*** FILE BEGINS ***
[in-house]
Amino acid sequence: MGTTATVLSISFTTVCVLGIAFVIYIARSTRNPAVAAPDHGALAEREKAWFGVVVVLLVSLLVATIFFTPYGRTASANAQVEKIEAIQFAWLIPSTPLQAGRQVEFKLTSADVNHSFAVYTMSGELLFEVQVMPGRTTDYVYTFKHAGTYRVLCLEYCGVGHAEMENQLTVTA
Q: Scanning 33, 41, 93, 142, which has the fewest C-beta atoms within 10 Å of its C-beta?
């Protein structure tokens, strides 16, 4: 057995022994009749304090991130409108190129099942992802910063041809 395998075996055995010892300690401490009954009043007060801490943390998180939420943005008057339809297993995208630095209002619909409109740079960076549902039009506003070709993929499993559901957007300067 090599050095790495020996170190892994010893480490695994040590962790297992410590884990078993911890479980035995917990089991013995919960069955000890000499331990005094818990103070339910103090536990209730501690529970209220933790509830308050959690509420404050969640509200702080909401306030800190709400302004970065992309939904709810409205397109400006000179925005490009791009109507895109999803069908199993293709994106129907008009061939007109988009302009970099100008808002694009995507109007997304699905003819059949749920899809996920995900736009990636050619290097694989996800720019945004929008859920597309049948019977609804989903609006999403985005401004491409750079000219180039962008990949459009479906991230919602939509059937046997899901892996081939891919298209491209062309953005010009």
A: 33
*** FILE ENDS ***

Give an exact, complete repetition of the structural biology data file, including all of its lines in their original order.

[in-house]
Amino acid sequence: MGTTATVLSISFTTVCVLGIAFVIYIARSTRNPAVAAPDHGALAEREKAWFGVVVVLLVSLLVATIFFTPYGRTASANAQVEKIEAIQFAWLIPSTPLQAGRQVEFKLTSADVNHSFAVYTMSGELLFEVQVMPGRTTDYVYTFKHAGTYRVLCLEYCGVGHAEMENQLTVTA
Q: Scanning 33, 41, 93, 142, which has the fewest C-beta atoms within 10 Å of its C-beta?
């Protein structure tokens, strides 16, 4: 057995022994009749304090991130409108190129099942992802910063041809 395998075996055995010892300690401490009954009043007060801490943390998180939420943005008057339809297993995208630095209002619909409109740079960076549902039009506003070709993929499993559901957007300067 090599050095790495020996170190892994010893480490695994040590962790297992410590884990078993911890479980035995917990089991013995919960069955000890000499331990005094818990103070339910103090536990209730501690529970209220933790509830308050959690509420404050969640509200702080909401306030800190709400302004970065992309939904709810409205397109400006000179925005490009791009109507895109999803069908199993293709994106129907008009061939007109988009302009970099100008808002694009995507109007997304699905003819059949749920899809996920995900736009990636050619290097694989996800720019945004929008859920597309049948019977609804989903609006999403985005401004491409750079000219180039962008990949459009479906991230919602939509059937046997899901892996081939891919298209491209062309953005010009």
A: 33